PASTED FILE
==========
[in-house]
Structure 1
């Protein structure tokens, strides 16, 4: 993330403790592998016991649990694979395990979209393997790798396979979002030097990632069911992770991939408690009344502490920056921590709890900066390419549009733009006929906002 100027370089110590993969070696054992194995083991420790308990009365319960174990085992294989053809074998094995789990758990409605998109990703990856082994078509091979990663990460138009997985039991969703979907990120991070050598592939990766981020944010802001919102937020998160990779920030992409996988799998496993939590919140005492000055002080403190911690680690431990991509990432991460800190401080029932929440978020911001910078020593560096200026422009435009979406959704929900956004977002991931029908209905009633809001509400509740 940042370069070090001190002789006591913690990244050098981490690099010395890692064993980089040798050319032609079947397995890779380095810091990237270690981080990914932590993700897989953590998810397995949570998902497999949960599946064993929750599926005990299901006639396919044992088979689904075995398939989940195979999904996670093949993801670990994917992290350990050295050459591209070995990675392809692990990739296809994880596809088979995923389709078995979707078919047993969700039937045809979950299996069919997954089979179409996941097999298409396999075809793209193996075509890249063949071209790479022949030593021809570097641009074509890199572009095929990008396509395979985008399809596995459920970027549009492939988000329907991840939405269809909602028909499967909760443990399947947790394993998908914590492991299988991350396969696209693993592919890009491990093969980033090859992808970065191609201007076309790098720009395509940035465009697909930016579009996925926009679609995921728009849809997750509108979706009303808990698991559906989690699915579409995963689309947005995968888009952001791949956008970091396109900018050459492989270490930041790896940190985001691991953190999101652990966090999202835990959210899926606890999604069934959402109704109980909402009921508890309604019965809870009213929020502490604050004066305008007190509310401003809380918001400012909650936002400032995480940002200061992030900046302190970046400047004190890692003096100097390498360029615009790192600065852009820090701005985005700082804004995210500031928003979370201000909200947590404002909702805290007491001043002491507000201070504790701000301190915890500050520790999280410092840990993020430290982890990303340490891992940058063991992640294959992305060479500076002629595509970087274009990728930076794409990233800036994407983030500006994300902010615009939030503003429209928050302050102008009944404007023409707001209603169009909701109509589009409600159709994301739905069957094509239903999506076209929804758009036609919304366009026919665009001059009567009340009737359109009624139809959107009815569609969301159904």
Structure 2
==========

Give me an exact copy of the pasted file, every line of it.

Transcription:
[in-house]
Structure 1
């Protein structure tokens, strides 16, 4: 993330403790592998016991649990694979395990979209393997790798396979979002030097990632069911992770991939408690009344502490920056921590709890900066390419549009733009006929906002 100027370089110590993969070696054992194995083991420790308990009365319960174990085992294989053809074998094995789990758990409605998109990703990856082994078509091979990663990460138009997985039991969703979907990120991070050598592939990766981020944010802001919102937020998160990779920030992409996988799998496993939590919140005492000055002080403190911690680690431990991509990432991460800190401080029932929440978020911001910078020593560096200026422009435009979406959704929900956004977002991931029908209905009633809001509400509740 940042370069070090001190002789006591913690990244050098981490690099010395890692064993980089040798050319032609079947397995890779380095810091990237270690981080990914932590993700897989953590998810397995949570998902497999949960599946064993929750599926005990299901006639396919044992088979689904075995398939989940195979999904996670093949993801670990994917992290350990050295050459591209070995990675392809692990990739296809994880596809088979995923389709078995979707078919047993969700039937045809979950299996069919997954089979179409996941097999298409396999075809793209193996075509890249063949071209790479022949030593021809570097641009074509890199572009095929990008396509395979985008399809596995459920970027549009492939988000329907991840939405269809909602028909499967909760443990399947947790394993998908914590492991299988991350396969696209693993592919890009491990093969980033090859992808970065191609201007076309790098720009395509940035465009697909930016579009996925926009679609995921728009849809997750509108979706009303808990698991559906989690699915579409995963689309947005995968888009952001791949956008970091396109900018050459492989270490930041790896940190985001691991953190999101652990966090999202835990959210899926606890999604069934959402109704109980909402009921508890309604019965809870009213929020502490604050004066305008007190509310401003809380918001400012909650936002400032995480940002200061992030900046302190970046400047004190890692003096100097390498360029615009790192600065852009820090701005985005700082804004995210500031928003979370201000909200947590404002909702805290007491001043002491507000201070504790701000301190915890500050520790999280410092840990993020430290982890990303340490891992940058063991992640294959992305060479500076002629595509970087274009990728930076794409990233800036994407983030500006994300902010615009939030503003429209928050302050102008009944404007023409707001209603169009909701109509589009409600159709994301739905069957094509239903999506076209929804758009036609919304366009026919665009001059009567009340009737359109009624139809959107009815569609969301159904």
Structure 2